On Being Human: Conceptions of the Self from Aristotle to Frankenstein
One Section Available to Choose From:
|Course Dates||Weeks||Meeting Times||Status||Instructor(s)||CRN|
|June 15, 2015 - June 26, 2015||2||M-F 12:15-3:05P||Open||Thomas Lewis||10608|
Does freedom mean acting on every desire we experience? To what extent are we free, and in what ways are our thoughts and actions determined by factors beyond our control (such as our biology or our culture)? How well do we know ourselves? Do we really know why we do what we do? This course examines classic explanations of human action and character. We explore these topics by critically analyzing and reflecting on philosophical texts and films. We study these materials closely not only to understand them but also to further develop our own views on these enduring human questions.
How we answer these questions generally has a strong impact on our views about what it means to live well. Should we aim for independence from culture and tradition or do we live well through harmonious integration in a tradition and community? Does freedom consist in acting in accord with our every desire, with reason, or with the will of a transcendent being?
This course examines these issues by considering powerful philosophical and literary texts about the nature of the human being and human excellence from Aristotle’s Nicomachean Ethics to Mary Shelley’s Frankenstein, as well as writings by Augustine, Kant, Mary Wollstonecraft, and Charles Taylor. Each book introduces an influential perspective still relevant to contemporary debates. We engage these texts critically, to learn from them as well as to critique them. We will complement these texts with films that explore the same issues. Considering the texts and the films together highlights the contemporary presence of these classic ideas, provides a new perspective on the underlying questions, and raises novel questions about the films.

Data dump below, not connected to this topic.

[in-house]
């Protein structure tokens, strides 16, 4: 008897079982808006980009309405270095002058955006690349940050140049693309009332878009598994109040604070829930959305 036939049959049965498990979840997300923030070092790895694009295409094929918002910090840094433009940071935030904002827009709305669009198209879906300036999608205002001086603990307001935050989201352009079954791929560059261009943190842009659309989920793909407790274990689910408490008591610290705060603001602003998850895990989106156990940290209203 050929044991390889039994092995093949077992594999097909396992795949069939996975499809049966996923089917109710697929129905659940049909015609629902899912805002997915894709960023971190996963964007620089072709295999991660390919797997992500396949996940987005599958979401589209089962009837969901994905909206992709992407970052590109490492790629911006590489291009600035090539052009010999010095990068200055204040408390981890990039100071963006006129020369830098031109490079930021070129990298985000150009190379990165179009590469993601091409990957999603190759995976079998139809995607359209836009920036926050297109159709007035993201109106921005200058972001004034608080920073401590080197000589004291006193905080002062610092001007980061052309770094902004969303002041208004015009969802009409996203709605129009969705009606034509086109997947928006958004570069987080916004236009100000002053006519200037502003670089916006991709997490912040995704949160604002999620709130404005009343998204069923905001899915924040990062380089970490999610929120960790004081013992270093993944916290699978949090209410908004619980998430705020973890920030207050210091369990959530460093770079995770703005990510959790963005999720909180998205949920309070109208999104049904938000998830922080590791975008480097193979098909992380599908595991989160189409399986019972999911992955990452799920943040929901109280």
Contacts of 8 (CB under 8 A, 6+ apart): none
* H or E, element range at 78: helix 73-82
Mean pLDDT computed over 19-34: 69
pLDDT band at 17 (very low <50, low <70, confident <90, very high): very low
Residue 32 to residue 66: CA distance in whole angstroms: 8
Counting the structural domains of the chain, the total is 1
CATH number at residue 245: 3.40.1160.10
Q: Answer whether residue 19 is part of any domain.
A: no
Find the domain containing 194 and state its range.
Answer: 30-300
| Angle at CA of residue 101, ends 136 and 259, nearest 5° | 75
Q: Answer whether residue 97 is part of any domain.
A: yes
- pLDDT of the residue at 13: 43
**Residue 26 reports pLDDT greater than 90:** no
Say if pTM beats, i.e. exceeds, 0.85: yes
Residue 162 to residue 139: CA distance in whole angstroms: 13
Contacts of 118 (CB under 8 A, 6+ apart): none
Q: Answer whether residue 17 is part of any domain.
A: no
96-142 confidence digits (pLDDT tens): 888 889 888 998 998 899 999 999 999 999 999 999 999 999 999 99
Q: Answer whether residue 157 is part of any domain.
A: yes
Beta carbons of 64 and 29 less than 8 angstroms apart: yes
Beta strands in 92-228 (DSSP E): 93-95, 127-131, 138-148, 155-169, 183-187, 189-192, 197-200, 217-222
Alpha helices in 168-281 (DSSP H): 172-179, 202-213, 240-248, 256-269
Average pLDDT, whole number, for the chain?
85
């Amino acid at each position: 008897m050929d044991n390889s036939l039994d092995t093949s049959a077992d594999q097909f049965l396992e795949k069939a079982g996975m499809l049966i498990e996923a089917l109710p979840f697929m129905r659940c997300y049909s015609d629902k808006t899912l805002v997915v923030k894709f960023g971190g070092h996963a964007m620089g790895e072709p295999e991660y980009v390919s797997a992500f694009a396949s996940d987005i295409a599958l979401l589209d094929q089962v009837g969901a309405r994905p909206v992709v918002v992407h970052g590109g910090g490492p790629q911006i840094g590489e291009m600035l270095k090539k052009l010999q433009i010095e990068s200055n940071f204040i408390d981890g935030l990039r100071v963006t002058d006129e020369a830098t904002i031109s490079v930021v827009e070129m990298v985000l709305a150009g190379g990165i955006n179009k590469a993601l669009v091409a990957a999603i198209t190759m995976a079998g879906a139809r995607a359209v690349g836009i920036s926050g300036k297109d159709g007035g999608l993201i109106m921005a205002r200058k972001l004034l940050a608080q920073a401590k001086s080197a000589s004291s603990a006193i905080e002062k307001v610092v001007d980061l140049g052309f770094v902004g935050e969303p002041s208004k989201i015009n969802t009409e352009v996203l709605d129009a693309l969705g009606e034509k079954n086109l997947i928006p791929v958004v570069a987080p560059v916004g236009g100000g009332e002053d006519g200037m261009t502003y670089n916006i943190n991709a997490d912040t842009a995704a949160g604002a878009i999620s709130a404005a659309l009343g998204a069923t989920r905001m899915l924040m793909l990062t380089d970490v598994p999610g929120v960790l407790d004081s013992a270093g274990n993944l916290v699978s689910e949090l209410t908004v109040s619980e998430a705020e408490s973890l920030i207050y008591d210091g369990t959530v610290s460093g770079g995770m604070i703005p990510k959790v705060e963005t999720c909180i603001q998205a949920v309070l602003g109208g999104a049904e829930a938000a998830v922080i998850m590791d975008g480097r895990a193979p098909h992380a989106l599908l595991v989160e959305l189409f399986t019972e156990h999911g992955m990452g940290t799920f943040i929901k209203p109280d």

Students will learn how to read philosophical texts and to formulate their own philosophical arguments. You will be challenged to connect these discussions to existential questions about how you live your own life. The course thus provides an excellent introduction to philosophy, the academic study of religion, as well as the humanities more generally.
The only prerequisite is a willingness to work through challenging readings. The course does not presuppose any background in philosophy.